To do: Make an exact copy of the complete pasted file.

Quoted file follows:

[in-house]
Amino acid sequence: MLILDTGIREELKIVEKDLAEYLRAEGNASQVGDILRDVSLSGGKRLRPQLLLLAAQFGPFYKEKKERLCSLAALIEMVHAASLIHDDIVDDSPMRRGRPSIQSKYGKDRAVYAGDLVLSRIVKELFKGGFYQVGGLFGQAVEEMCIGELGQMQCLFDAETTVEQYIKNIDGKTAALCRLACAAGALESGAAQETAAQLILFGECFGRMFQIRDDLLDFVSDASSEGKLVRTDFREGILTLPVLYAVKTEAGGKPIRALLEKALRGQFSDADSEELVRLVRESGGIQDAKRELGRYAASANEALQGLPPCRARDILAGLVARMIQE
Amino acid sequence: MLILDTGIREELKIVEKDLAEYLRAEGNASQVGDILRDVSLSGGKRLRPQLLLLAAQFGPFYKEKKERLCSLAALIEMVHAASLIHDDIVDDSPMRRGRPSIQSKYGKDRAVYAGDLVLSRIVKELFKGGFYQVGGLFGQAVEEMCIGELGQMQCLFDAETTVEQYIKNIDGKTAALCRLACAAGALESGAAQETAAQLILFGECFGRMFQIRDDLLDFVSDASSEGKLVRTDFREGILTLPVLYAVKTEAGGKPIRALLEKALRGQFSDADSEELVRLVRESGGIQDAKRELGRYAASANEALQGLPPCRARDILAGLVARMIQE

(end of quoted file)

[in-house]
Amino acid sequence: MLILDTGIREELKIVEKDLAEYLRAEGNASQVGDILRDVSLSGGKRLRPQLLLLAAQFGPFYKEKKERLCSLAALIEMVHAASLIHDDIVDDSPMRRGRPSIQSKYGKDRAVYAGDLVLSRIVKELFKGGFYQVGGLFGQAVEEMCIGELGQMQCLFDAETTVEQYIKNIDGKTAALCRLACAAGALESGAAQETAAQLILFGECFGRMFQIRDDLLDFVSDASSEGKLVRTDFREGILTLPVLYAVKTEAGGKPIRALLEKALRGQFSDADSEELVRLVRESGGIQDAKRELGRYAASANEALQGLPPCRARDILAGLVARMIQE
Amino acid sequence: MLILDTGIREELKIVEKDLAEYLRAEGNASQVGDILRDVSLSGGKRLRPQLLLLAAQFGPFYKEKKERLCSLAALIEMVHAASLIHDDIVDDSPMRRGRPSIQSKYGKDRAVYAGDLVLSRIVKELFKGGFYQVGGLFGQAVEEMCIGELGQMQCLFDAETTVEQYIKNIDGKTAALCRLACAAGALESGAAQETAAQLILFGECFGRMFQIRDDLLDFVSDASSEGKLVRTDFREGILTLPVLYAVKTEAGGKPIRALLEKALRGQFSDADSEELVRLVRESGGIQDAKRELGRYAASANEALQGLPPCRARDILAGLVARMIQE